|John and Rolex lead the way.|
If you've never packed breakfast and headed out on your horse, you're missing some fun! We had breakfast rides at my summer camp. A counselor roused you from your bunk, told you what horse to go collect from the pasture. We saddled up and rode off to a destination where breakfast awaited, usually consisting or orange juice, cold cereal, and the trail rider's favorite--Pop-Tarts.
We didn't get started as early as we planned. The sun already cleared the power line, well beyond just cresting the slope! The day was shaping up to be another steamy one--so we skipped bringing along the thermos of coffee, just Pop-Tarts for us, and carrots for our trusty steeds. Our destination, depending on how the ride went, was someplace where the horses could graze while we munched our Pop-Tarts. Unlike my camp trips, where we tied the horses to trees, our OTTBs have not had said training--yet another skill they need to learn, right up there with ground tying.
Being Thoroughbreds, ready to go and on the alert, the horses tuned into any sounds emitted from the brush. One never knows when a killer turkey, squirrel, or deer may pounce on an unsuspecting horse! While holding onto the horses, we munched on our Pop-Tarts, wishing we had some coffee to wash down the dry, pasty breakfast.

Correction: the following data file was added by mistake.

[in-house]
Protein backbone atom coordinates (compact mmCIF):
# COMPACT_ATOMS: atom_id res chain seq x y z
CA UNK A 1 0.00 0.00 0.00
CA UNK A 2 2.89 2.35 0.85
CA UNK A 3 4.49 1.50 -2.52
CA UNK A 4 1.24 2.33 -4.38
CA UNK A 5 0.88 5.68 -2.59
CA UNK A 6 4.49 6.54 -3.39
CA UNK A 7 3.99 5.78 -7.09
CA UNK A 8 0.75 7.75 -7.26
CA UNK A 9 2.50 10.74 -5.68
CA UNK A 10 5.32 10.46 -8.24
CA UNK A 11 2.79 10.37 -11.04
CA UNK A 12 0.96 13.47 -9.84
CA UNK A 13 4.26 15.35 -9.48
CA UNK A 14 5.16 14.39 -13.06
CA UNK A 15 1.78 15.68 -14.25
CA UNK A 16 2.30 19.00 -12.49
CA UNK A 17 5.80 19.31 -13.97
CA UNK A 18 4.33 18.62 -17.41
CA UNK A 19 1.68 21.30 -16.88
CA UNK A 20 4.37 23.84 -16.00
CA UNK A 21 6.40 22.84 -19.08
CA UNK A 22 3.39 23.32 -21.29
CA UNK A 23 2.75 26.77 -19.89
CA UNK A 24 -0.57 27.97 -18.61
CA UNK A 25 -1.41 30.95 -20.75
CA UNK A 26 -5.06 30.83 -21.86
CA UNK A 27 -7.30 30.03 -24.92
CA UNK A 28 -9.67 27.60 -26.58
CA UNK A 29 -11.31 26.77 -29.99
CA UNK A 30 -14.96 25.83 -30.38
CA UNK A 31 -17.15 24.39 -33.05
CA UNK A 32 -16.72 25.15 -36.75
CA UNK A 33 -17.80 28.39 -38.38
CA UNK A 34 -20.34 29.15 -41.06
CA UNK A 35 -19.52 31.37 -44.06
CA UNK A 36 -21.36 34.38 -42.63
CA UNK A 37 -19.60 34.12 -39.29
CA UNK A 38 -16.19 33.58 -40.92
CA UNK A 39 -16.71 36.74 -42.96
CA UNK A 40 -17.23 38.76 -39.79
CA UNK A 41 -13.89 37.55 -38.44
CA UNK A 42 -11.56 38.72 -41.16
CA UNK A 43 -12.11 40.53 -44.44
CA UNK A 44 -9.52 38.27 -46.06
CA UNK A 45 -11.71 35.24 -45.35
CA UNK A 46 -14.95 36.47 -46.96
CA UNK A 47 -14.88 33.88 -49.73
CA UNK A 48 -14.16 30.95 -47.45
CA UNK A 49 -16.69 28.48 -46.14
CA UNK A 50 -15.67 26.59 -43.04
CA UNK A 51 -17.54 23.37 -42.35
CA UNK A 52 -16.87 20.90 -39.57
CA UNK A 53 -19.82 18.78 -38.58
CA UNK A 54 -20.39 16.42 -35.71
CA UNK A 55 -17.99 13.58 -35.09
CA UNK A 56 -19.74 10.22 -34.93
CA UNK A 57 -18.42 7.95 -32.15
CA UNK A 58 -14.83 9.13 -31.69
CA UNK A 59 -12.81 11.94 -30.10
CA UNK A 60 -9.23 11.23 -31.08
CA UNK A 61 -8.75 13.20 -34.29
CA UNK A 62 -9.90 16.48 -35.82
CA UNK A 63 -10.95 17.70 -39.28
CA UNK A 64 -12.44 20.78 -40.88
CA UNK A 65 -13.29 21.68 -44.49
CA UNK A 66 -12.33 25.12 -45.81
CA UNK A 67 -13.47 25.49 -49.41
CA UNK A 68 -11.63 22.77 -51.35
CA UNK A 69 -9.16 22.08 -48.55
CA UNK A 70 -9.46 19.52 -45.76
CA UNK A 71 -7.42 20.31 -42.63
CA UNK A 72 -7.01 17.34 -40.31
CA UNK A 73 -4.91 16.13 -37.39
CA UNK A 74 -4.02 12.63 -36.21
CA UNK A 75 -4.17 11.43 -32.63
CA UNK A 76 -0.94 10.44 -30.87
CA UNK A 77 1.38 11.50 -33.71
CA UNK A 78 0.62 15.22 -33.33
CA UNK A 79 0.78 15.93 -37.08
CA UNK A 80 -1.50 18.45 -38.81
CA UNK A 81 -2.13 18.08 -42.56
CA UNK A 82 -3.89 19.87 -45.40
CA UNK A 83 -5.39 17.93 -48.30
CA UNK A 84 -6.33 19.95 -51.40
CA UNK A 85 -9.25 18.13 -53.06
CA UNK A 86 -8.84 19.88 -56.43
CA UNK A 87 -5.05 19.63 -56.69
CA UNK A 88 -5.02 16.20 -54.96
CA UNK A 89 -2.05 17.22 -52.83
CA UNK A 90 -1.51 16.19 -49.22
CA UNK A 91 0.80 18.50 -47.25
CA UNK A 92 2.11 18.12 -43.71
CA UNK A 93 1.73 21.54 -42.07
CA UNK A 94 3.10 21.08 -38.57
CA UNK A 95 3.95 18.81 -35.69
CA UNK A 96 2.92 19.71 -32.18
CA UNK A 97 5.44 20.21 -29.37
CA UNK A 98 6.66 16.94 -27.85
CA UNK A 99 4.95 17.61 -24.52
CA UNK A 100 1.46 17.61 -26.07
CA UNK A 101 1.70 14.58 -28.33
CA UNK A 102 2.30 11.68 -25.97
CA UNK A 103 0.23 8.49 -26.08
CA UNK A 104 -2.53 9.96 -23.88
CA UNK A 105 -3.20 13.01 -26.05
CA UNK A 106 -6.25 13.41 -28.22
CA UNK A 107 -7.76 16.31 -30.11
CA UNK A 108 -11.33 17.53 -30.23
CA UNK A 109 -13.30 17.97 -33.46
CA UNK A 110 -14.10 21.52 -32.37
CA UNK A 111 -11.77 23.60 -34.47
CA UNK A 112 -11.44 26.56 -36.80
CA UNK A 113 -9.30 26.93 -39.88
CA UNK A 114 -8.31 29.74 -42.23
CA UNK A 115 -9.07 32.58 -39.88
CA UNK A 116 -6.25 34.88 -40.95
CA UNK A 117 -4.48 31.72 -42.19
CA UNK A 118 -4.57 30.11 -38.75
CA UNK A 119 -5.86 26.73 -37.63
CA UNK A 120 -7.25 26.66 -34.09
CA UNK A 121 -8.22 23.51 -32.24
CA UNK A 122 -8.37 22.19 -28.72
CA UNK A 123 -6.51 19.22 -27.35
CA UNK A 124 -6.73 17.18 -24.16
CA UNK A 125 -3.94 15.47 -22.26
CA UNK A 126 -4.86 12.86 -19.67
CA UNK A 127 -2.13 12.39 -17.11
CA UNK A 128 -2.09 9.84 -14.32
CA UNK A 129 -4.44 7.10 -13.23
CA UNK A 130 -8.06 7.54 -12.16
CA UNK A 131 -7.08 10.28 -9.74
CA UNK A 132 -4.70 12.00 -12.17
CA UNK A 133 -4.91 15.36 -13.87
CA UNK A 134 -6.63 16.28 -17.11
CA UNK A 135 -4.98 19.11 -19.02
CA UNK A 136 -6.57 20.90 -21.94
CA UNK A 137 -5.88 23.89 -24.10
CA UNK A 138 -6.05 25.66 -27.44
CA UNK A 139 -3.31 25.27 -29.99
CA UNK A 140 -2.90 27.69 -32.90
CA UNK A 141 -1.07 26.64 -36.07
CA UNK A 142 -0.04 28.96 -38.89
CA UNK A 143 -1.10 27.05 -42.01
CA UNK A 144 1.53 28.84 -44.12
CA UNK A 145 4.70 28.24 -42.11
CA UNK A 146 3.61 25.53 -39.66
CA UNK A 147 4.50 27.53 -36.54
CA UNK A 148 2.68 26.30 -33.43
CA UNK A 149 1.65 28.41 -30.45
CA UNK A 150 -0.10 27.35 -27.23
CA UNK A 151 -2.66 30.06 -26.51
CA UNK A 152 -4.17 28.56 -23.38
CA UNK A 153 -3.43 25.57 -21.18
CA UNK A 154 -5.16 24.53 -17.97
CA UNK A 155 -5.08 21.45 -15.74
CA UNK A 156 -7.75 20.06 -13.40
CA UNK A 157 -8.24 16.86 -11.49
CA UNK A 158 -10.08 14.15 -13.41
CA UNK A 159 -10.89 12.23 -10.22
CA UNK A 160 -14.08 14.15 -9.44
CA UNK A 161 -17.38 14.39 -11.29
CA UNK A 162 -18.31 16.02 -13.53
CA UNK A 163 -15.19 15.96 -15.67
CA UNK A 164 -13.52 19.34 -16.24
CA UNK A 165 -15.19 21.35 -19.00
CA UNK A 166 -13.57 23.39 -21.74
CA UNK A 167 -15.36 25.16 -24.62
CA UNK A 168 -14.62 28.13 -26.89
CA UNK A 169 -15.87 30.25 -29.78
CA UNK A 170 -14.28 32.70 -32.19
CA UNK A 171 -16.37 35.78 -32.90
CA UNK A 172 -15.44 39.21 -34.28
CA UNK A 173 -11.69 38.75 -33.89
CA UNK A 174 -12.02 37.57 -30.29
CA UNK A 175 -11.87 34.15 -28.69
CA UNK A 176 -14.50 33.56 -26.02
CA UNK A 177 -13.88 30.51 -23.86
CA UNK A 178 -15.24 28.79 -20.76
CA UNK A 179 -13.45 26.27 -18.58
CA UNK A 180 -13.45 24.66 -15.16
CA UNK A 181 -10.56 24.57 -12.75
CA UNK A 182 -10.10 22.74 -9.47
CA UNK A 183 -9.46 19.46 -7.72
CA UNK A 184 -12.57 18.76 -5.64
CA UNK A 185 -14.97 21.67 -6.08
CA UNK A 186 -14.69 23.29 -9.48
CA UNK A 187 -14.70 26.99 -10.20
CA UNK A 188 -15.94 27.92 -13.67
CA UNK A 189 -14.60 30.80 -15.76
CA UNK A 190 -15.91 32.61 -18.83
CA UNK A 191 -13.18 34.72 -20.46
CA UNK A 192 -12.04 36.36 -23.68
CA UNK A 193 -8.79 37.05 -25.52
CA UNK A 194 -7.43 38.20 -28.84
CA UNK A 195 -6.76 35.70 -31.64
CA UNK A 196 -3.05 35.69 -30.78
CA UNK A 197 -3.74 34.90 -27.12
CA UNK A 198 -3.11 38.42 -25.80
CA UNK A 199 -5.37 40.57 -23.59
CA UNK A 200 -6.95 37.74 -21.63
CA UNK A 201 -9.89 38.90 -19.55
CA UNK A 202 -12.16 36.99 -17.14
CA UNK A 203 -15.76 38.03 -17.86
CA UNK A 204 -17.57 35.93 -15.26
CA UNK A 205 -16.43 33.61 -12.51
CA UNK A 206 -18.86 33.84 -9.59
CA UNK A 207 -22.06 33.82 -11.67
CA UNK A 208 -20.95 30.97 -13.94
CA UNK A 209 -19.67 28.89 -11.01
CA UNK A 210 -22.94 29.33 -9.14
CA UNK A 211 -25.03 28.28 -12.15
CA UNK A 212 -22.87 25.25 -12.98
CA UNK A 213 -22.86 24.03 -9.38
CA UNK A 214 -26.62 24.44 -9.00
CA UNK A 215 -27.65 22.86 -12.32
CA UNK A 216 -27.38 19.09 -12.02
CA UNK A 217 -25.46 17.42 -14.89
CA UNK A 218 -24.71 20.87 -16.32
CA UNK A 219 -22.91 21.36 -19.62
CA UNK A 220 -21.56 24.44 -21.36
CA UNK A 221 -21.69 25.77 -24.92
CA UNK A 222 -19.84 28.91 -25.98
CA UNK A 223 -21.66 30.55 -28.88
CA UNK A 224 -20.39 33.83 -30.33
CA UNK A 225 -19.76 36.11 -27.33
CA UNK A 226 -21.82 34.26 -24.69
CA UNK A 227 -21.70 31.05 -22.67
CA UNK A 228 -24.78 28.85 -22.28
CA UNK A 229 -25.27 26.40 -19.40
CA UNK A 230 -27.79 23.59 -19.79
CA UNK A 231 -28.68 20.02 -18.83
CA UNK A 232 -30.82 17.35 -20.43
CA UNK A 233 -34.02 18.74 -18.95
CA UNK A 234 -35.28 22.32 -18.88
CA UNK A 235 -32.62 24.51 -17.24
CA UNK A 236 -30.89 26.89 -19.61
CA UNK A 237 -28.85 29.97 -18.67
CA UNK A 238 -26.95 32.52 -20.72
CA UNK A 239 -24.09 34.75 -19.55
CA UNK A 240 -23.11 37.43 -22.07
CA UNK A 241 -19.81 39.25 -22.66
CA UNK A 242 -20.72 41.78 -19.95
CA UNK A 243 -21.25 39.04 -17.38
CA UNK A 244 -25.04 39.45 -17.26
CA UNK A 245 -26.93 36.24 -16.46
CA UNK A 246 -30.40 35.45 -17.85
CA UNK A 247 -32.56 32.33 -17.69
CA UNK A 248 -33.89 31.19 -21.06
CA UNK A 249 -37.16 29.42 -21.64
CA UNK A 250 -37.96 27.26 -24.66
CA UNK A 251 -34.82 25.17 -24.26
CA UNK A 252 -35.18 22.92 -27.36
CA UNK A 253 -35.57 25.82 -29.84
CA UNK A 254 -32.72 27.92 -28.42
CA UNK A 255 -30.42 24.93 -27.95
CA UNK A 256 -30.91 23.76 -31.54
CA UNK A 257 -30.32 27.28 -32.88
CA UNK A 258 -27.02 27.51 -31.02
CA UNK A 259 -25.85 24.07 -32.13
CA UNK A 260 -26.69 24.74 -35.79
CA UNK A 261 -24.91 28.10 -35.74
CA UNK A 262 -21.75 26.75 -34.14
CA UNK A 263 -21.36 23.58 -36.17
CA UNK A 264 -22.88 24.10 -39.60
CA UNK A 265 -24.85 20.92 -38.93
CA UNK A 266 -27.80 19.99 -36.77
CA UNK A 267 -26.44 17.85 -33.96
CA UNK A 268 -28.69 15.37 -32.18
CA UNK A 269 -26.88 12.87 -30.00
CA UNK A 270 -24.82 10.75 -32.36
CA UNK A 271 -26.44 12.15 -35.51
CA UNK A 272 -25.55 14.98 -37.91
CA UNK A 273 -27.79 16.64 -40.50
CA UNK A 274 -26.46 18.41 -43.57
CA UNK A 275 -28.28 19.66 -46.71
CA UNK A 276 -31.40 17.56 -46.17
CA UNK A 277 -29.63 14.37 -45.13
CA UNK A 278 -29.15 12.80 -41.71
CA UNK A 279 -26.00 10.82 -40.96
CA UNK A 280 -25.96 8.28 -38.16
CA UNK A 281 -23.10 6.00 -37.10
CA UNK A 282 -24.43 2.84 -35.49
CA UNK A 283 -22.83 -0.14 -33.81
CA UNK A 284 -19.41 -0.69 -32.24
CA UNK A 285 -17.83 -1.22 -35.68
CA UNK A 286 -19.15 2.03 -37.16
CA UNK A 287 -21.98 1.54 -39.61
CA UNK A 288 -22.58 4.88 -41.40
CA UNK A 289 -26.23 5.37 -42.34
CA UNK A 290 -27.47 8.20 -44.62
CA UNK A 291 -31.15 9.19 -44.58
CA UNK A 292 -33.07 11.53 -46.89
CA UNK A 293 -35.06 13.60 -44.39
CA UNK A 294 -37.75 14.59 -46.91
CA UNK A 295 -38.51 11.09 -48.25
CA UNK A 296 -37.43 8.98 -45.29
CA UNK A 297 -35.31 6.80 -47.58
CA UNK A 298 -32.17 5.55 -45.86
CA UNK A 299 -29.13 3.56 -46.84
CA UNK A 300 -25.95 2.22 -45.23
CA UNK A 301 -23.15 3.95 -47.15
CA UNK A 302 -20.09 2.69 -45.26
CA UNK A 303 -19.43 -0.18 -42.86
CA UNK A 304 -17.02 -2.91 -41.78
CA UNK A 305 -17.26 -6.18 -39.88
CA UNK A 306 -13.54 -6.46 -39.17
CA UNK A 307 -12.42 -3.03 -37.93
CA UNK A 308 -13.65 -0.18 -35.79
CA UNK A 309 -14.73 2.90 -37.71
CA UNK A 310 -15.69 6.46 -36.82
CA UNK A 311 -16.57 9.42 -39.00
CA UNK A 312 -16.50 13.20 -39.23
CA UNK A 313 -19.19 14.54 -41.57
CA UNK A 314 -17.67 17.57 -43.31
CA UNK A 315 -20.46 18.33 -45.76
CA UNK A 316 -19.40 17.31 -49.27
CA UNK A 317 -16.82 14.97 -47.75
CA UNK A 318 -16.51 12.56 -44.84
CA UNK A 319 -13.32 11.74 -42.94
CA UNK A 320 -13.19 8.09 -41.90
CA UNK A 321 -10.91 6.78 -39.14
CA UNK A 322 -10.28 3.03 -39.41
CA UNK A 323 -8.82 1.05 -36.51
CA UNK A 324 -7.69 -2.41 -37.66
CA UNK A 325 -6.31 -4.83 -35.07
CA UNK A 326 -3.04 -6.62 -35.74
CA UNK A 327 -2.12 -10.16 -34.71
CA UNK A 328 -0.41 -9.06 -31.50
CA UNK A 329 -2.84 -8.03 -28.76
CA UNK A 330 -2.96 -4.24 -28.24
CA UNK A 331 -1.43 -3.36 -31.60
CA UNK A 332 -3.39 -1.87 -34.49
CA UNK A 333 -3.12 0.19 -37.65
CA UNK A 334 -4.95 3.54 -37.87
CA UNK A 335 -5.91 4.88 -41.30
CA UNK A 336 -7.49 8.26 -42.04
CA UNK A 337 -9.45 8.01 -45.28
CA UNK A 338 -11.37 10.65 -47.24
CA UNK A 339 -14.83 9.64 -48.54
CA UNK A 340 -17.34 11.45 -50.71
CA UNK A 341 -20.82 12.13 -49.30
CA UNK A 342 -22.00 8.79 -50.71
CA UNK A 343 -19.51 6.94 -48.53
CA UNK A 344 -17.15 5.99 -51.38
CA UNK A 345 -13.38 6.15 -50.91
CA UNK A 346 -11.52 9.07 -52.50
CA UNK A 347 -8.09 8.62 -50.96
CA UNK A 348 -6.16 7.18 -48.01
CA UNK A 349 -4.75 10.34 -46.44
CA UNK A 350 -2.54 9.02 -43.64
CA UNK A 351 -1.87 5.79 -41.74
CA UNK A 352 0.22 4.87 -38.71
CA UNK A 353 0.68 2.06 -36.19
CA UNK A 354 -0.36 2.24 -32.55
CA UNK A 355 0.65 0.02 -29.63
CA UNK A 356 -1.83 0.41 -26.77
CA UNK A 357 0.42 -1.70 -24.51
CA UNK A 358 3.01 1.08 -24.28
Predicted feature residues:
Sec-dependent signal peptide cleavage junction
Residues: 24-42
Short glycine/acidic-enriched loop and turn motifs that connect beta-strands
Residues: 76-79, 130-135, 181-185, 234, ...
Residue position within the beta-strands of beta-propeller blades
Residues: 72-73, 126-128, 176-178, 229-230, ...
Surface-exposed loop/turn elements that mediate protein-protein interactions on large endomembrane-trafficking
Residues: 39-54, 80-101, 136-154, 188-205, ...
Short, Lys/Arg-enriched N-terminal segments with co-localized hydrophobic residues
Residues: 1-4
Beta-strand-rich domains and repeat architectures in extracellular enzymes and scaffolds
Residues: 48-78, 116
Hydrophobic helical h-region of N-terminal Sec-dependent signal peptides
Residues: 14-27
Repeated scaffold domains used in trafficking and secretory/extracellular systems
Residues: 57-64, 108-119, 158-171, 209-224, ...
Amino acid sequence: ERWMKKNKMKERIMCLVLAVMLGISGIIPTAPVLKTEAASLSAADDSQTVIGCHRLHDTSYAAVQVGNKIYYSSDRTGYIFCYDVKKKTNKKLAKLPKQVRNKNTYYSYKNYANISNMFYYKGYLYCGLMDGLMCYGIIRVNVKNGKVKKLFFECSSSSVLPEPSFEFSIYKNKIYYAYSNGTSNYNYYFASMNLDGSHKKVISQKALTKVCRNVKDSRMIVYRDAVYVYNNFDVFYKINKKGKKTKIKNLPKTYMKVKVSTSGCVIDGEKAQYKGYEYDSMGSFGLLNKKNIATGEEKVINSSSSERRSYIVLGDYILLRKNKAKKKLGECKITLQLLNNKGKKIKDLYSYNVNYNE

An aside: yes, that's an impact vest I'm wearing. We have decided we don't bounce back so well any more. So like helmets, it's now part of our riding attire. I must admit to not liking how hot it seems, plus I feel like I'm strapped into a corset or bustier!. Hopefully, I won't need it, but it will be there should I take another spill. And let's face it, riding horses, especially hot-blooded ones, will eventually lead to another fall. I challenge anyone to say otherwise!
The horses, hearing the crinkling of Pop-Tart wrappers, assumed we had brought along tasty treats, such as sweet carrots! Our noisy wrappers caught their attention. They averted their eyes from scanning the woods for "monsters" and stuck their noses were into our breakfast. "What, no carrots, ma?"
"Not to worry, my beauties." I had carrots in the saddlebags. And honestly, they were more appealing than the Pop-Tarts. I guess it's a taste that will always take me back to a time and place--the Vermont hills and summer camp. But I think I'll adapt to a more nutritious and flavorful meal on our next breakfast ride. And, I'll bring coffee! And maybe our steeds will stand for hobbles or tying--as long as no demons lurk in the underbrush.Part of being a horseman or horsewoman is to never stop learning and to maintain the ongoing schooling for both horse and rider. There's always another skill to master; another technique to try. Our horses are used to the hustle and bustle of the track, so large trucks don't scare them, but a deer bounding through the woods, a turkey trotting over the trail...that's scary stuff! But with time and exposure, they get better and better. Maybe by my next breakfast ride, Harley will ground tie for me---providing no monsters appear!
|Rolex says, "Good carrots, ma!"|